EMC Creates Cloud Computing Division, Hires Former Microsoft Exec to Lead It; Oh, They Bought His Startup, Too
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round-the-clock access to personal information by “replicating it across machines and devices,” according to the company’s site, with replicas residing on users’ own devices or “automatically set up on Pi hosting services providing 24×7 high-speed availability and strong security.” Sure sounds like the cloud to me.
EMC surely wanted someone with Maritz’s passion and breadth of vision to lead its cloud computing effort. But there’s reason to believe that the company also feels some sympathy with Maritz’s focus on individuals (as opposed to the organizations EMC is accustomed to serving). When EMC’s public relations officials sent us their press release today, they said the company wouldn’t have much more to say, beyond the content of the release. But they did point us toward a personal blog post by Chuck Hollis, EMC’s vice president of technology alliances and a 12-year veteran of the company. And Hollis has a great deal to say, some of it pretty remarkable, given EMC’s history as a company focused on expensive storage hardware for big companies.
“While most of the discussion around information management has been in the context of corporations and organizations,” Hollis writes, “the bet here is that the discussion will evolve into a new focus around us as individuals in the information society. And, let me be clear, we’re all going to want to manage—and control—our digital lives. [Emphasis in original.] Enter Pi Corporation.”
Hollis goes on:
“I’ve been dropping hints like crazy that something was up in this space, but I guess now it’s pretty obvious—we’re taking this shift in the industry very, very seriously. This ain’t just PowerPoint talking here….We’re saying that success in this new space will require a very different technology base—and a business model—very unlike other parts of the traditional IT landscape.”
Hollis’s argument is that even beyond Pi, Mozy, and the Fortress platform, EMC has a range of products relating to the vision of cloud-based personal information management, such as home storage based on EMC’s LifeLine offering, data security resting on RSA’s encryption technology, and collaborative workflows built around the company’s Documentum software.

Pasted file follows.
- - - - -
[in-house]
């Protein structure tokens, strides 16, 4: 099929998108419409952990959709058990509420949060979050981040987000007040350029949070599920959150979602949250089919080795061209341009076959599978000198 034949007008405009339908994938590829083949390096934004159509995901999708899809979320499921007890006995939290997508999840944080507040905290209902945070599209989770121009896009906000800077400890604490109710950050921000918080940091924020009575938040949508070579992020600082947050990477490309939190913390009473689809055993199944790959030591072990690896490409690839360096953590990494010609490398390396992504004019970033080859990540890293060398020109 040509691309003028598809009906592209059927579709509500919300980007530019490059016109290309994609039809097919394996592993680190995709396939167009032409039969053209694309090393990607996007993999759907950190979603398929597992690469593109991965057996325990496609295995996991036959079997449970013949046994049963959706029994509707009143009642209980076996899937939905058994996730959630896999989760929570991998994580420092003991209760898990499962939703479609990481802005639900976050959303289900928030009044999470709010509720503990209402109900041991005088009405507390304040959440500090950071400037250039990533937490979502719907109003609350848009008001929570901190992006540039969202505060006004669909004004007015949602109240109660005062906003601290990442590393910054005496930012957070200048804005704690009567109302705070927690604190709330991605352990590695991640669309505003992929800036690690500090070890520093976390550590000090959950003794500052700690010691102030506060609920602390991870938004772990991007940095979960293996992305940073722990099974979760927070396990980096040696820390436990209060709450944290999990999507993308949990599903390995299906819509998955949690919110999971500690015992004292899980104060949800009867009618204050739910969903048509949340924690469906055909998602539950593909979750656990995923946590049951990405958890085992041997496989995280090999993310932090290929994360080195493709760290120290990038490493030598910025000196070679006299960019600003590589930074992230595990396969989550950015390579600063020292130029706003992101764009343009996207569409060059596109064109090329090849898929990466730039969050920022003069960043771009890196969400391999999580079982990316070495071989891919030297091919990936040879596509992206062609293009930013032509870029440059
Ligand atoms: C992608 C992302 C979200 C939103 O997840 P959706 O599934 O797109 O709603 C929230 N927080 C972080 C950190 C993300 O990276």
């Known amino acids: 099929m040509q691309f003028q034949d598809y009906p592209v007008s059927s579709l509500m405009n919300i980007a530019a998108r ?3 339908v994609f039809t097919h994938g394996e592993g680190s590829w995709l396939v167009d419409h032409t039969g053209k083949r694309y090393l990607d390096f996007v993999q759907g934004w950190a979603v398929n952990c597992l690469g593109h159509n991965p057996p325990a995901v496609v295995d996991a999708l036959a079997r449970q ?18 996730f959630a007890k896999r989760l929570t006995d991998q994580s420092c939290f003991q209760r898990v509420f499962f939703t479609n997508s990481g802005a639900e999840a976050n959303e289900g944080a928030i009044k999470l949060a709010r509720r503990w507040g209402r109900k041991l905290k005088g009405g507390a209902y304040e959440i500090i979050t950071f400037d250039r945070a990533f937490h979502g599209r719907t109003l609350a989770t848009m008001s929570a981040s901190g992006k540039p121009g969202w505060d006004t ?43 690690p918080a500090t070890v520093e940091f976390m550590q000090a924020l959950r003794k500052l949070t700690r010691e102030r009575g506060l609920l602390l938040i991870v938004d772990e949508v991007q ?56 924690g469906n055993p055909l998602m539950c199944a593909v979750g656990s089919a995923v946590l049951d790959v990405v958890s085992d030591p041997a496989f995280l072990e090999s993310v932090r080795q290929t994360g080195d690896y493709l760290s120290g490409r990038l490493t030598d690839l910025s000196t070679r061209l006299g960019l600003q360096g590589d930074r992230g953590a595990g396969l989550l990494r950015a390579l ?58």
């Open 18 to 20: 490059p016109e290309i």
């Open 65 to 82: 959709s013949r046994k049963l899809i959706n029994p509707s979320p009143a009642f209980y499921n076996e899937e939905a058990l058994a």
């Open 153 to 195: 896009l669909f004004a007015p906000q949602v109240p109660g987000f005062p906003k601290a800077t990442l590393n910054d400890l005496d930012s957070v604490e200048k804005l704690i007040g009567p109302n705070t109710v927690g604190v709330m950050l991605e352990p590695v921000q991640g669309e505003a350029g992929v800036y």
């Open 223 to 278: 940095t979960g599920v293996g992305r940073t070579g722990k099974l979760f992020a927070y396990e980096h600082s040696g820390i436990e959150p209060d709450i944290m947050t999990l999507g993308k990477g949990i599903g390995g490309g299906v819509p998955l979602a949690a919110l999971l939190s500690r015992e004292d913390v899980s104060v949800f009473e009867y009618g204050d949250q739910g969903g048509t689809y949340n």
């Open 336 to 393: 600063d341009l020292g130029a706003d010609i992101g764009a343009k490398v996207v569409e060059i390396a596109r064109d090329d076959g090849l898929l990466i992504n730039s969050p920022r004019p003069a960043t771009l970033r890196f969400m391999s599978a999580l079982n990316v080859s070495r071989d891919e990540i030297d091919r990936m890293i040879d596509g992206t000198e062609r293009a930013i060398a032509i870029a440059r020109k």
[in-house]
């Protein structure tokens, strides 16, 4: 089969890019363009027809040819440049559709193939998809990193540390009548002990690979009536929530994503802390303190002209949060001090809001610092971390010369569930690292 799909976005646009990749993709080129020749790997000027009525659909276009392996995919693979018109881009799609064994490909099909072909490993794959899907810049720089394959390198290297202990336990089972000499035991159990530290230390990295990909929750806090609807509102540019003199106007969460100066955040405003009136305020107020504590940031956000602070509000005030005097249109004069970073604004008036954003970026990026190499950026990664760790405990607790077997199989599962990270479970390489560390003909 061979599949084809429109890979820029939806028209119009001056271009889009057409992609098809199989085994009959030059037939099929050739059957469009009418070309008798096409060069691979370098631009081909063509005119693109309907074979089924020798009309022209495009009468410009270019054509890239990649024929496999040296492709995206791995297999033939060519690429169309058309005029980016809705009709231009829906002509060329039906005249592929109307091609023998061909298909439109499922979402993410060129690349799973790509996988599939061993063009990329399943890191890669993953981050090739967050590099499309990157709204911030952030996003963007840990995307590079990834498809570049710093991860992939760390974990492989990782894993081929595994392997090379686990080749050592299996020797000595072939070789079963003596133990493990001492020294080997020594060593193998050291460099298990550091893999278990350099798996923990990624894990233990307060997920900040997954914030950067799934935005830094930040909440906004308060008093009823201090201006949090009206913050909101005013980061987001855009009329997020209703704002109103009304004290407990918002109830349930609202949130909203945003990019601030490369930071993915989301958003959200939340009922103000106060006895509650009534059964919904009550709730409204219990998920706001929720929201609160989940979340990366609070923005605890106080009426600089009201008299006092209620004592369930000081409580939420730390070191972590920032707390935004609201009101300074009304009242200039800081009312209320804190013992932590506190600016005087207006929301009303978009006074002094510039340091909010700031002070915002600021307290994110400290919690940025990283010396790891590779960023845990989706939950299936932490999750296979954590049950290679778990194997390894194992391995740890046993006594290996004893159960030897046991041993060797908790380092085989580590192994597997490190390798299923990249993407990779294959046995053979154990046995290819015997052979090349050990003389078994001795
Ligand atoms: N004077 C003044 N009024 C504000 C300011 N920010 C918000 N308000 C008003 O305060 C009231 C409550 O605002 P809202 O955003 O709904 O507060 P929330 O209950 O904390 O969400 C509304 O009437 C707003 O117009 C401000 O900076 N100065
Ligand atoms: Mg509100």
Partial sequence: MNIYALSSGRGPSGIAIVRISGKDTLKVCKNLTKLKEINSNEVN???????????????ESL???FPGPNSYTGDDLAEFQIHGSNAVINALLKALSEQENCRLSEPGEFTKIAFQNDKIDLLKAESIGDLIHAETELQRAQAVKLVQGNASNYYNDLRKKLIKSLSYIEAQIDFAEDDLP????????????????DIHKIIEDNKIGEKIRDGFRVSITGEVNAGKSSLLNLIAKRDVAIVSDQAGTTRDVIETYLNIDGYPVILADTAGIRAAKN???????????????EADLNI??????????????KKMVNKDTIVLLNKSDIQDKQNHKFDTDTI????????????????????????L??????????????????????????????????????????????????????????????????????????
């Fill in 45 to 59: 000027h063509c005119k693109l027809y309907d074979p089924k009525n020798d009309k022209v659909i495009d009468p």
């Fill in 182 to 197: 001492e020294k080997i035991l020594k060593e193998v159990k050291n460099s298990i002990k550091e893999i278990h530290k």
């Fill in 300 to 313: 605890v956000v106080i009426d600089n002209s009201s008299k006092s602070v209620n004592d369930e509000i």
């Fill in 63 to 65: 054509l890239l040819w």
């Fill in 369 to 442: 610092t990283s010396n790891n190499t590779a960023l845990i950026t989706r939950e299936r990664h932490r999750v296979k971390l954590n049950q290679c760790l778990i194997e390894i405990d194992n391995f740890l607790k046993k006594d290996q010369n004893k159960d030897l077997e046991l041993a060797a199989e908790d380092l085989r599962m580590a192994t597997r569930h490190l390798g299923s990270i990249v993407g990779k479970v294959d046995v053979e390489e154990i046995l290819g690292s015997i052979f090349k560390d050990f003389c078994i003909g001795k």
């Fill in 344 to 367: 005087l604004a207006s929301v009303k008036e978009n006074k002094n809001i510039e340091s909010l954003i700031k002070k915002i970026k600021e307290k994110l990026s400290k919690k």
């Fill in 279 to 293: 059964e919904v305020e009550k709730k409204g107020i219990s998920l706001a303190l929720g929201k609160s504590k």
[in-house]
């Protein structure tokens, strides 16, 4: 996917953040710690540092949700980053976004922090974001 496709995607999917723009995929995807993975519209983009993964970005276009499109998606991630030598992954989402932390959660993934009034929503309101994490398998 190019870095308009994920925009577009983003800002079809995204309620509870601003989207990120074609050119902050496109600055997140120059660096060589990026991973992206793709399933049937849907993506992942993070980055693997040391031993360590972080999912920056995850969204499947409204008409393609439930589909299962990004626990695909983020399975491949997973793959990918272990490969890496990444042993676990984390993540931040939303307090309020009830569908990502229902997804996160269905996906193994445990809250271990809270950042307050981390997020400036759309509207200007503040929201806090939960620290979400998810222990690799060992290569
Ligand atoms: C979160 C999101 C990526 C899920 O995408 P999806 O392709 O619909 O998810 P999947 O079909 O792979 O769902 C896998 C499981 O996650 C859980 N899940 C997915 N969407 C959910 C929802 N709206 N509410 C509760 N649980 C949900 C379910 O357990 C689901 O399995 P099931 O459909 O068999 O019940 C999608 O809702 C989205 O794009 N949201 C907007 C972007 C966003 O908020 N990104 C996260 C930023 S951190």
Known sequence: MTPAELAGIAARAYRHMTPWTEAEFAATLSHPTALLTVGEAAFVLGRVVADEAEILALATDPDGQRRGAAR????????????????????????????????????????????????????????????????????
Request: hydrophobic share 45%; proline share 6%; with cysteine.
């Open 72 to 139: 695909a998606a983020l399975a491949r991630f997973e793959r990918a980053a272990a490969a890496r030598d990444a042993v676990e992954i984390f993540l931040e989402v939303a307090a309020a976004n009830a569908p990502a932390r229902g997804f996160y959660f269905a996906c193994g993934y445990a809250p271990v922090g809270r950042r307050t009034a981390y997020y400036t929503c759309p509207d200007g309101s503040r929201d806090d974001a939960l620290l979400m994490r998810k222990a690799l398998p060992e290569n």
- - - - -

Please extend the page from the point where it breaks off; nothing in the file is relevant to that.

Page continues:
“Like a diamond being set into a ring by an expert jeweler, Pi is potentially the centerpiece of a very intriguing strategic play,” Hollis concludes. “At the heart of it, EMC is all about information. And in a world where the majority of information is being created by individuals, we think what’s important is going to change.” [Again, the italics are in the original.]
So, what EMC is telling us, though they’re still being a bit coy and indirect about it, is that the world should be adjusting its picture of the company. No doubt, it will continue to sell networked storage devices, server virtualization software, content management systems, and data protection software, and it will continue to work with lots of Fortune-1000-caliber customers. But it also wants to be one of the companies that ushers in the era of personal cloud computing.
And when you think about it, who’s really out there articulating the same vision? Microsoft? Too busy getting Vista to work on PCs. Yahoo? Too busy trying to avoid assimilation by Microsoft. IBM? Its vision of “autonomous computing” was cool, but it seems focused today on becoming the world’s main vendor of IT consulting services and business middleware. More likely, the competitors that EMC is gradually lining up in its sights are Google and Amazon—two companies that definitely understand what happens when you put the emphasis on information and think of computing as a utility (i.e., there when you need it, but not the point of your existence).
“Pi’s technology is very complementary to our emerging cloud infrastructure strategy,” Tucci said in EMC’s announcement. “Paul Maritz and his team will provide invaluable vision and leadership as we position EMC at the leading edge of cloud computing and personal information management.” Speaking in my role as an editor and metaphor policeman, I’m not so sure that a “cloud” can have an “edge.” But I’d take Tucci’s position statement quite seriously.